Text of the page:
What measures a successful writer? The number of publications? The quality of the journals that accept their work? What if someone writes one great piece and abandons all other projects? Is your room wallpapered with rejection letters?
When I was in high school we had a project in social studies class where we had to create our family tree. My family is very small and most of the older relatives had passed on. We were required to go back three generations for the assignment. I could only go back two because there was no one else alive to give me information about my ancestry. (This was on the cusp of when Google was founded.)
I had two options:
- I could tell the truth and submit an “incomplete” project.
- I could fictionalize my family history.
I told the truth and got my first F ever on an assignment. When I told the teacher that my grandparents couldn’t tell me any further history about our family, he took a sip of his coffee, nodded and walked away.
Several years ago I was a salaried worker in a non-writing position. At a dinner party someone asked me what I did for a living. I told him I worked in marketing, but was starting to get into writing again. Our conversation then went like this:
“Who are some of your favorite authors?” He asked.
“Harper Lee–” I started to respond.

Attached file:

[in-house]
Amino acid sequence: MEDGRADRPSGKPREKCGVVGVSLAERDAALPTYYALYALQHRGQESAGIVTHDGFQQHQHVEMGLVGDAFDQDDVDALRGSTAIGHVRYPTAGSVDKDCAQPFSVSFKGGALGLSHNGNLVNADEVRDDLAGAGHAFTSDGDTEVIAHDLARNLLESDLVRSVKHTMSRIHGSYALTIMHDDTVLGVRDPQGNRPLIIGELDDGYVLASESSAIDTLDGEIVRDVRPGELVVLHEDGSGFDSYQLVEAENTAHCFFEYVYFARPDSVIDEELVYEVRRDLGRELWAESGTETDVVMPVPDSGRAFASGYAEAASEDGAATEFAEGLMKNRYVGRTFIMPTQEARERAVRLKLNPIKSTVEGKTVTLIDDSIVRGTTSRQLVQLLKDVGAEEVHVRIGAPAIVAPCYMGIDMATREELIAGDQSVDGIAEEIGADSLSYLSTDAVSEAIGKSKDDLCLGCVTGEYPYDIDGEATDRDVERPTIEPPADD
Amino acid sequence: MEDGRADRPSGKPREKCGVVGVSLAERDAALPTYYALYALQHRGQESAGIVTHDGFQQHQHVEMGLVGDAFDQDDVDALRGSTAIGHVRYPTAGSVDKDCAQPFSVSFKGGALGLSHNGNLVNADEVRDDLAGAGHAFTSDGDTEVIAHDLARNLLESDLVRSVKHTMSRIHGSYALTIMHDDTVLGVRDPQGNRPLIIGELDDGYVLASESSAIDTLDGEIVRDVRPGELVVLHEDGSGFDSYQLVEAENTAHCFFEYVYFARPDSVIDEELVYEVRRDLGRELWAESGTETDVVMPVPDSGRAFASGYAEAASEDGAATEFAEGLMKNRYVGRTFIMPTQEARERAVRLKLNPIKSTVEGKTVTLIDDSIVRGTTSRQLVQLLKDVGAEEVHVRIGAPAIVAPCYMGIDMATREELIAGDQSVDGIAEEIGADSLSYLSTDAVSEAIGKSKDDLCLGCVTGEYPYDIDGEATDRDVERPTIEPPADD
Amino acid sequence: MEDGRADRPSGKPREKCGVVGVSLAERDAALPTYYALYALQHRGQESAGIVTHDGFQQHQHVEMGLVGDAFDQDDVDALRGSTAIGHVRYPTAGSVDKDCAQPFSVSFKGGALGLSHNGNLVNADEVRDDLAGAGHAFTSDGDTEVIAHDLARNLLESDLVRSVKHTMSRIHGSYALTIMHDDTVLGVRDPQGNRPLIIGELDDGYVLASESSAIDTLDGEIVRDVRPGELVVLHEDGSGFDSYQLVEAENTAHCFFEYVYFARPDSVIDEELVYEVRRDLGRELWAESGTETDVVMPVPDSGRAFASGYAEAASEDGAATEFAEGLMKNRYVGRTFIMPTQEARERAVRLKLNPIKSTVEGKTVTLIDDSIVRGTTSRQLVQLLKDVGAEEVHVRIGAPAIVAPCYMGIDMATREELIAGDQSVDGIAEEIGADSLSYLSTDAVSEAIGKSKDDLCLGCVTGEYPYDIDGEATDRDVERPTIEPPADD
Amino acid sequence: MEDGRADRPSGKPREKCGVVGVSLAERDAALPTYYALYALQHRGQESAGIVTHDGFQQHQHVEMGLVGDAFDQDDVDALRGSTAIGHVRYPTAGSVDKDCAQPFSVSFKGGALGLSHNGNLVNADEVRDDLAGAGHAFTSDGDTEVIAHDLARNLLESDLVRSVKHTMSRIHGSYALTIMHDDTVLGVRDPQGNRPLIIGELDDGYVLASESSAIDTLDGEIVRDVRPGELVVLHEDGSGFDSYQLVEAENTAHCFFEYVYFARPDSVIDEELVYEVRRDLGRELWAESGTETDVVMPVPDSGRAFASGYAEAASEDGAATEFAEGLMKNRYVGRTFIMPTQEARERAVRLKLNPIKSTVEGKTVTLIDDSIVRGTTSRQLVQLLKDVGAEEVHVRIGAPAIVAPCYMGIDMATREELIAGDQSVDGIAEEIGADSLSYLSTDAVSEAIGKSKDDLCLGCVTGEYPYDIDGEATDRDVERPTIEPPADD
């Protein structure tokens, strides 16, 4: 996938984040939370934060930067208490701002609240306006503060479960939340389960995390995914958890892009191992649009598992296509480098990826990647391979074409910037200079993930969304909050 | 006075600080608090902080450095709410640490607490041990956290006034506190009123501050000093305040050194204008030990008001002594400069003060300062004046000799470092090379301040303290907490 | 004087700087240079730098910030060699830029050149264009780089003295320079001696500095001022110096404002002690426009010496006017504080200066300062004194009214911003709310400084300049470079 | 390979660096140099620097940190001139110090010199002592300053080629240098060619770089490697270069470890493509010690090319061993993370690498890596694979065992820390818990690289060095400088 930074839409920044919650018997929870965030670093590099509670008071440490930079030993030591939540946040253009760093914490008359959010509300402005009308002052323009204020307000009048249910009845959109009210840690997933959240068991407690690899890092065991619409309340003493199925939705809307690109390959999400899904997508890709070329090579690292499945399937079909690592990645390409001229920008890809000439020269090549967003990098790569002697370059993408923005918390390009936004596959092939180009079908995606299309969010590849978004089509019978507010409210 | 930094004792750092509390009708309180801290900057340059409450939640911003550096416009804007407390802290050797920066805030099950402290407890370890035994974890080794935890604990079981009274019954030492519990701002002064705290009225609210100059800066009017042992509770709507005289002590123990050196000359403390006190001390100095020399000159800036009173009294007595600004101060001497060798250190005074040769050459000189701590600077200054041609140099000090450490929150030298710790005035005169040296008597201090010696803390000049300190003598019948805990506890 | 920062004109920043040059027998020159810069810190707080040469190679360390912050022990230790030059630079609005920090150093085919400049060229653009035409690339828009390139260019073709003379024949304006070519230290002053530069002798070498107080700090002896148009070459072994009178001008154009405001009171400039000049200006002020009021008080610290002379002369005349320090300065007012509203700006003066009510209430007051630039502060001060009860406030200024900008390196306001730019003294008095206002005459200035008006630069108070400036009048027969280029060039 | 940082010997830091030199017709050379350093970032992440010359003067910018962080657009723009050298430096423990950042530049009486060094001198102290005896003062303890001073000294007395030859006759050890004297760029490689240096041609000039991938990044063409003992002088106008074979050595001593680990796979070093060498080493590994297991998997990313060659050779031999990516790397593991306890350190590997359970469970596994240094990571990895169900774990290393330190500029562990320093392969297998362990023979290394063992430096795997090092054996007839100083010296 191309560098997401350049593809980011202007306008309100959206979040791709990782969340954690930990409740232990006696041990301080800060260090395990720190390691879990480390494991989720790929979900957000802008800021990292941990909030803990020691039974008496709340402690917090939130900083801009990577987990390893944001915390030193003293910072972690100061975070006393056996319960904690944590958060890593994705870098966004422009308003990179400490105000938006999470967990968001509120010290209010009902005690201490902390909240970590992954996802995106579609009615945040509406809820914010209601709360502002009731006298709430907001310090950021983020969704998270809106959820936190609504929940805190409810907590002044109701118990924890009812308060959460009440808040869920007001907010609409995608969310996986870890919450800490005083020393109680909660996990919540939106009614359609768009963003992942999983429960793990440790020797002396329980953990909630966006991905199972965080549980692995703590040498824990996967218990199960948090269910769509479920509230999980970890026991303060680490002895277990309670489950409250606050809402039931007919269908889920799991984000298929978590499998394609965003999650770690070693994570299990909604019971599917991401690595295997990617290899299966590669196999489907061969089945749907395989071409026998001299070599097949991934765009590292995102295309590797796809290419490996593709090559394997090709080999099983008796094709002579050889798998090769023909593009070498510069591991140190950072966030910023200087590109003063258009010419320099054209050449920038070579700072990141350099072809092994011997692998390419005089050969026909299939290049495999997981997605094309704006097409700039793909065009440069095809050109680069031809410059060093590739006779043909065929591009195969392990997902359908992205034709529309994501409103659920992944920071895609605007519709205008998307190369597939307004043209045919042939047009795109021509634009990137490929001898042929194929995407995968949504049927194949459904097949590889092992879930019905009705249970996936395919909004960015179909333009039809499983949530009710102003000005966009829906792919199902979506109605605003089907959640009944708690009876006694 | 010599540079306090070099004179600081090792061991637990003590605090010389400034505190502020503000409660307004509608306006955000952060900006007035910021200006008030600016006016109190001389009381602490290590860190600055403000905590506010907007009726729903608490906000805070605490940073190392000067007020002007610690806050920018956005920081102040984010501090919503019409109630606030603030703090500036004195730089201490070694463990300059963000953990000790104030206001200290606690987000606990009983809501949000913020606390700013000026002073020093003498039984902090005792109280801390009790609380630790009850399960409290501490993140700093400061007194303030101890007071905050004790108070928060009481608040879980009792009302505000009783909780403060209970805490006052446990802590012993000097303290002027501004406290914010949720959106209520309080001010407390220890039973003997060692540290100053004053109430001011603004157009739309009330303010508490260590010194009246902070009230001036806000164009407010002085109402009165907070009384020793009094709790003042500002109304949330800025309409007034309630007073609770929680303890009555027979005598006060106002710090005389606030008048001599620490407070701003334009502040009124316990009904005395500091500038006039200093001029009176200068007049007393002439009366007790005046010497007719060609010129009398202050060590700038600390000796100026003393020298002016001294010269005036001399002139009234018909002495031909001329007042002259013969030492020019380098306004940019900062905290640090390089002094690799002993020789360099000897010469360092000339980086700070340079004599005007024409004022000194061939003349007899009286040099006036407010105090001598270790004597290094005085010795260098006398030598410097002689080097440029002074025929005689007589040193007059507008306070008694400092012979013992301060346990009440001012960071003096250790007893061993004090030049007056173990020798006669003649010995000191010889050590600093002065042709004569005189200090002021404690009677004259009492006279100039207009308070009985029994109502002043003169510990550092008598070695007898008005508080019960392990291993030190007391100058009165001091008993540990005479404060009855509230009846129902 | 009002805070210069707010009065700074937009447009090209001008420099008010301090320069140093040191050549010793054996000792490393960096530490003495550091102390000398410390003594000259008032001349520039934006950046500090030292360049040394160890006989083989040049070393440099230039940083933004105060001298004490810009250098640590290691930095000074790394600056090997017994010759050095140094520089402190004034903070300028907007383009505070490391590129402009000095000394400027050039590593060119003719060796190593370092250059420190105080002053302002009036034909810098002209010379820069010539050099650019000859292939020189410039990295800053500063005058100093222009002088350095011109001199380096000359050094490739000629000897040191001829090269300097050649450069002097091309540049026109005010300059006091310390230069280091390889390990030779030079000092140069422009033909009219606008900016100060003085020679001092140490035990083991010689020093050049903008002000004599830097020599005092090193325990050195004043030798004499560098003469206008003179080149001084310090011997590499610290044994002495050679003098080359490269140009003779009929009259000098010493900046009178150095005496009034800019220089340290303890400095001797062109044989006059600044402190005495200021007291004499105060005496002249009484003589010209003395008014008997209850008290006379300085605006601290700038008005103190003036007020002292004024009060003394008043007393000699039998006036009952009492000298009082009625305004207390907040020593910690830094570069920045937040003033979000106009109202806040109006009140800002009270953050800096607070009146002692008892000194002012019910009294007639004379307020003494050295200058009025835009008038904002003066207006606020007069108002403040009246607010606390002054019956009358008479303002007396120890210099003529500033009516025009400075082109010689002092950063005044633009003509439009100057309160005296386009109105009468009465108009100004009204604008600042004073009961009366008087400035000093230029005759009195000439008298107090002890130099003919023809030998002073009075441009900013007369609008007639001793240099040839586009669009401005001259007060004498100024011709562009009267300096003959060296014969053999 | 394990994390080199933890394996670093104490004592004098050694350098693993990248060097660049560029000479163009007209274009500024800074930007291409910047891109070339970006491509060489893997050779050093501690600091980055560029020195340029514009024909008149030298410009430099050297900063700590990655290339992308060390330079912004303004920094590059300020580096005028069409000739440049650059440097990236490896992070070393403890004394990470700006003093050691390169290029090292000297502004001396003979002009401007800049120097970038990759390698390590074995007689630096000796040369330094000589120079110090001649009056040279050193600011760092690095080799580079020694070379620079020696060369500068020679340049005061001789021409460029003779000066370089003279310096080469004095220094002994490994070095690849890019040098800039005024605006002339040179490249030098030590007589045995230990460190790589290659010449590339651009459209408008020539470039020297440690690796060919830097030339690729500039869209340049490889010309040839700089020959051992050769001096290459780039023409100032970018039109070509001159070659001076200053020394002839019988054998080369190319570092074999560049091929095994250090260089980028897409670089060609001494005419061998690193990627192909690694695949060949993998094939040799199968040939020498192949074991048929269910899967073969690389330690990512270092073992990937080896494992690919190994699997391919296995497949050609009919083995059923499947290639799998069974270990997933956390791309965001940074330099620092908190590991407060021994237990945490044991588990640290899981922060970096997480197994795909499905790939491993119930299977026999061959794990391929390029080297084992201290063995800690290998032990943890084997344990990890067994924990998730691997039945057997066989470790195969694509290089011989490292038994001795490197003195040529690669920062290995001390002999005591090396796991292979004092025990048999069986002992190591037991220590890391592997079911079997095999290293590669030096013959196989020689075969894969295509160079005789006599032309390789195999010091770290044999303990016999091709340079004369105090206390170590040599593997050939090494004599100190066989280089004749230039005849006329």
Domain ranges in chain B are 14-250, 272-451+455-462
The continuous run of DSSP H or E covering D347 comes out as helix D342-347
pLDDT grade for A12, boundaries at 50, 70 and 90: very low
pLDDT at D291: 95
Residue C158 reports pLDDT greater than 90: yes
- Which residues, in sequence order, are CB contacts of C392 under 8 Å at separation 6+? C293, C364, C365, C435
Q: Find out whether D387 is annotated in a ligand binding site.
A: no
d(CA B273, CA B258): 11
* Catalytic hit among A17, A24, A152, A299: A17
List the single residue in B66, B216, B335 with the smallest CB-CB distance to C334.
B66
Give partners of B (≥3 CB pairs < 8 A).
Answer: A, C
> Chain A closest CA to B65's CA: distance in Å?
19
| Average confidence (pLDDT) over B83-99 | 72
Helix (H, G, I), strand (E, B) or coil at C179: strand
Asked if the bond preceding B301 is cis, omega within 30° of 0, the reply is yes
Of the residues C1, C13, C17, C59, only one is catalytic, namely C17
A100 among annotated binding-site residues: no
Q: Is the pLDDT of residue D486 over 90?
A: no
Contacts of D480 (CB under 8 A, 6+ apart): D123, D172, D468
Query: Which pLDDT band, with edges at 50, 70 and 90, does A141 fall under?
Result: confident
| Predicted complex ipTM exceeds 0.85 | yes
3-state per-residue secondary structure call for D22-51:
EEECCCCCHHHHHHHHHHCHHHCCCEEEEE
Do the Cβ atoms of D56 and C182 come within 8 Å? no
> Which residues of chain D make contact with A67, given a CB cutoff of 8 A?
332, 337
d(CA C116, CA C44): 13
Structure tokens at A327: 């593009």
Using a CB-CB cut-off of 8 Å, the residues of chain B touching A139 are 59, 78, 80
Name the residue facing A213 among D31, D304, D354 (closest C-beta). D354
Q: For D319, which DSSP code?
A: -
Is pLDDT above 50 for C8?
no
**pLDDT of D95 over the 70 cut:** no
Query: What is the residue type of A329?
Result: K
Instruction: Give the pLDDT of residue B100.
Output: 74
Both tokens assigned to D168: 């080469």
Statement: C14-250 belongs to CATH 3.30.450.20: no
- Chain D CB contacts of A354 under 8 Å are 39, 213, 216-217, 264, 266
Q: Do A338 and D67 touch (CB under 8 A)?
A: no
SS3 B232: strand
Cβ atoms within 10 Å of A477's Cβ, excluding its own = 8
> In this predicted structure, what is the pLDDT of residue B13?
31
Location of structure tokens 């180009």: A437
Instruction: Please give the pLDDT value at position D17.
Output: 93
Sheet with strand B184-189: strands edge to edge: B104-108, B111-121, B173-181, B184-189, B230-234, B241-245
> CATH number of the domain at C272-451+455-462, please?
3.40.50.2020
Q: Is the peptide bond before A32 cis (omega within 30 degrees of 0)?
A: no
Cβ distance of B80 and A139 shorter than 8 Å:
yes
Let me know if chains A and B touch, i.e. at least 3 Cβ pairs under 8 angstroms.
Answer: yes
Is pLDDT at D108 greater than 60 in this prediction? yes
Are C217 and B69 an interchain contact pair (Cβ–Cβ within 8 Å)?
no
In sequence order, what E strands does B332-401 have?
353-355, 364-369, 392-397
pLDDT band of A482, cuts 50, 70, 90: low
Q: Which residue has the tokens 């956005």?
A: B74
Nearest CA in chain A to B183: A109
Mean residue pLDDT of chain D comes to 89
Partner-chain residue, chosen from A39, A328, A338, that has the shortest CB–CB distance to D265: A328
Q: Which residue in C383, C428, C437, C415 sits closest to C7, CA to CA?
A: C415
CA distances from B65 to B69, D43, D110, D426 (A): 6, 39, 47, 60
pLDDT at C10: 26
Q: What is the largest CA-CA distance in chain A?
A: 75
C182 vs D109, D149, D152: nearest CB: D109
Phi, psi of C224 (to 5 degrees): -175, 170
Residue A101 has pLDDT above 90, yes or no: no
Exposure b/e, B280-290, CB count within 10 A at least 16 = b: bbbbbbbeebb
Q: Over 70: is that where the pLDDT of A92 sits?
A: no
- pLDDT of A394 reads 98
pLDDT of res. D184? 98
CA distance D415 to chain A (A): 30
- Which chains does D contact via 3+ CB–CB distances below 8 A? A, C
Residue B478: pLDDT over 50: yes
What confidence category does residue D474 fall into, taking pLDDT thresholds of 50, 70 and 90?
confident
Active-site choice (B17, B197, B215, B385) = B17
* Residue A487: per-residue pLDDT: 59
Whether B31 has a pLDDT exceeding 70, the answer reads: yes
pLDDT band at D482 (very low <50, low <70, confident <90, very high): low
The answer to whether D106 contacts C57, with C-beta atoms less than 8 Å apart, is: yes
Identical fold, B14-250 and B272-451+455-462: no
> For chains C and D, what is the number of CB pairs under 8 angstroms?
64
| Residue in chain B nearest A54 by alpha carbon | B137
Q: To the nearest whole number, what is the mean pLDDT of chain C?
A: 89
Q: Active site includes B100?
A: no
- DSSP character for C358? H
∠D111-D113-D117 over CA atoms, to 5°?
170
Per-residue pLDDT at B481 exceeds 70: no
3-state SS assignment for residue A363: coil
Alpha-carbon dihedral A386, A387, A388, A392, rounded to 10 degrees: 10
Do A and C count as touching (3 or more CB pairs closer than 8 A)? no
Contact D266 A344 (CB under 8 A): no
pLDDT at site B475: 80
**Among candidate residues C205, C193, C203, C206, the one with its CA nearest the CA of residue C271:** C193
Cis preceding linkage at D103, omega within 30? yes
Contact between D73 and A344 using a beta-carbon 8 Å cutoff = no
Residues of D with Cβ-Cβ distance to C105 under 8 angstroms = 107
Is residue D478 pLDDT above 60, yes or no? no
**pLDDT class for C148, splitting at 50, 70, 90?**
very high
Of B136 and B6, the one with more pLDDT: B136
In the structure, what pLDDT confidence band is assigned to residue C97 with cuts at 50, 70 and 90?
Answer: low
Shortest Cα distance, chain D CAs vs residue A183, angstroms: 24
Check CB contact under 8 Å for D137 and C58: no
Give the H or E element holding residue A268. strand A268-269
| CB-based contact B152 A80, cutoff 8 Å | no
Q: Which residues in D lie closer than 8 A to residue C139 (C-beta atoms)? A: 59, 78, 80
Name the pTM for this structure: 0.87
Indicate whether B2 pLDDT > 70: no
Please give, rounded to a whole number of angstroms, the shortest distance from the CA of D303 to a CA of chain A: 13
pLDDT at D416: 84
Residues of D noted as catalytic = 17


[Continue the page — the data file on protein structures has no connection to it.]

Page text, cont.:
He held up his beer and looked at me like a parent whose child just walked through the house after stepping in dog poop. “You know, she only wrote one book.”
He sipped his beer again, nodded and walked away.
Some people say that in order to call yourself a writer you need to write every day, and in order to be an artist you need to work toward creating something every day. For artists, even if all they can muster is one line on a sketch pad, that’s it. You’ve done your artistic duty. You’ve made your ritualistic offering to the universe.
Your writing doesn’t have to fit someone else’s idea in regards to frequency, quantity or genre–but it has to be true. Be authentic. From my time organizing Triangle Writers, I often come across aspiring authors who give up on their work because of outside interference even more minor than what I encountered above. They fear judgment. They allow people who don’t really know what they’re talking about to influence their life’s passion.
The simple answer to all of this is that a failed writer is one who does not write.
So write. (Naked.)